As the majority of Burton and South Derbyshire children headed back to school last week, parents will have been heading to the shops to buy a range of educational goods for their youngsters.
From iPads to laptops, the number of electrical and modern age technology equipment that children are lugging to school each day is only on the up.
However, an auction house in Etwall is turning back the years as it is about to put a pair of ancient educational pieces under the hammer.
A children's reader and a small book will each be sold at Hansons Auctioneers, in Heage Lane, Etwall.
The children's reader, which was discovered at a listed country house in Somerset, is a small piece of paper with the alphabet, vowel sounds and the Lord's Prayer written on it surrounded by a thin leader frame.
The item measures four inches long by two inches wide and includes a small leather handle big enough for a child to hold.
On the back of the reader is an embossed galleon ship, with '1743' inscribed on the handle to commemorate the year it was made.
Charles Hanson, of Hansons Auctioneers in Etwall, has explained that the reader would have been one of the first pieces of equipment a child would have used at school in days gone by.
Mr Hanson said: "This item gives us a rare insight into how children were taught nearly 300 years ago. The alphabet was, of course, immensely important, as it still is and the Lord's Prayer would have been one of the first things children learned.
"It too would have been used to educate people some 450 years ago. Its size would have made it ideal for small hands to hold."
The other item is a small book entitled 'The Summarie of English Chronicles, collected and published in London in the year of our Lord God 1566.'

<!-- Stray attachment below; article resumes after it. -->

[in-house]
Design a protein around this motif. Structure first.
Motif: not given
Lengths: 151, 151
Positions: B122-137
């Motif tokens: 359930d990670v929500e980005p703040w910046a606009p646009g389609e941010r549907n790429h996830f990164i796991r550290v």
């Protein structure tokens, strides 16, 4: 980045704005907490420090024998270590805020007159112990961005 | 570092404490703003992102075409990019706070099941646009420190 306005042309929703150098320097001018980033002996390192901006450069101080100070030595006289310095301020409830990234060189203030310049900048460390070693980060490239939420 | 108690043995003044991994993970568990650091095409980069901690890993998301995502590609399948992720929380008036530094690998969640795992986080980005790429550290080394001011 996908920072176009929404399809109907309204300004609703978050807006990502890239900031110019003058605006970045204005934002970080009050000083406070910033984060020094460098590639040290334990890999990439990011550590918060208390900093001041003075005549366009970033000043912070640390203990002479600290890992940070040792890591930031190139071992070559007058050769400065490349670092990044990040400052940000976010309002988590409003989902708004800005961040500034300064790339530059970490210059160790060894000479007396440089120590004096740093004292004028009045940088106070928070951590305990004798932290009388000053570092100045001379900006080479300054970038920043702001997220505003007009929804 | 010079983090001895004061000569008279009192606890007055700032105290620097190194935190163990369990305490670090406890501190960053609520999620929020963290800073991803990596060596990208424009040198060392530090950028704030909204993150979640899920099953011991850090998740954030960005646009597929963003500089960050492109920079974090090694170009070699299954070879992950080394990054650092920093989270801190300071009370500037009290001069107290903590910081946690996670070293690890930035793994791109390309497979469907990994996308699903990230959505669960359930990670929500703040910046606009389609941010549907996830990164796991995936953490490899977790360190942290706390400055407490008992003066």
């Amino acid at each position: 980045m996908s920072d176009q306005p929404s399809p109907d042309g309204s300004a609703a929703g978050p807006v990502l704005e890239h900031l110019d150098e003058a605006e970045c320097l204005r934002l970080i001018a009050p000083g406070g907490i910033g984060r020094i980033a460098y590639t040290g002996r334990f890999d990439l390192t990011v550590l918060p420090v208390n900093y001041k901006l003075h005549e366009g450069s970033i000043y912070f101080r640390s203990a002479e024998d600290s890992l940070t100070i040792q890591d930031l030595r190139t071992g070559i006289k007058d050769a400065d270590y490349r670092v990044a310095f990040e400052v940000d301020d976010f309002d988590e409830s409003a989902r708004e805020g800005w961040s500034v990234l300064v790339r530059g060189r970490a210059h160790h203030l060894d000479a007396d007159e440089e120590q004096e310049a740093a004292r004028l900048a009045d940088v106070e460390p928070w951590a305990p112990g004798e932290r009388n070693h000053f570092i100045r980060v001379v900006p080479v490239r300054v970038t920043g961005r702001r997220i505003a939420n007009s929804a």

The book, which measures four inches deep by 2.5 inches wide includes a whole roster of elements that would have been useful to a school child at the time.
In the leather book is a calendar of the year 1566, a brief description of England, Wales and Cornwall, the names of all the kings of England and the names of all of the bailiffs and sheriffs of the 'citie of London since the conquest'.
For example, the first chapter which is a brief description of England, states: "That all Britayn, which by two names is called England and Scotland, is an island in the ocean.
"One part of which the Englishmen do inhabit, another part Scottes, the thirde part Welshmen and the fourth part Cornishmen. Language, conditions of law, do differ among themselves. England is the greater parte, which is divided into counties which we call shires."
Mr Hanson continued: "It is fascinating to browse through this tiny leader-bound book which documents executions, plague, conspiracy and, at a time when the United Kingdom is going through Brexit, it would appear that divisions between the Scots, Welsh, English and, at that time, Cornishmen were the norm.
"But the struggle to read the tiny writing makes you realise how lucky we are today to be able to learn anything we want at the touch of a button – in any font size."
Both the children’s reader the ancient book will go under the hammer in Hansons Auctioneers' fine art and antiquarian books auction on Friday, September 29.
The items are currently being valued and anybody wanting to find out more should call 01283 733988 or email firstname.lastname@example.org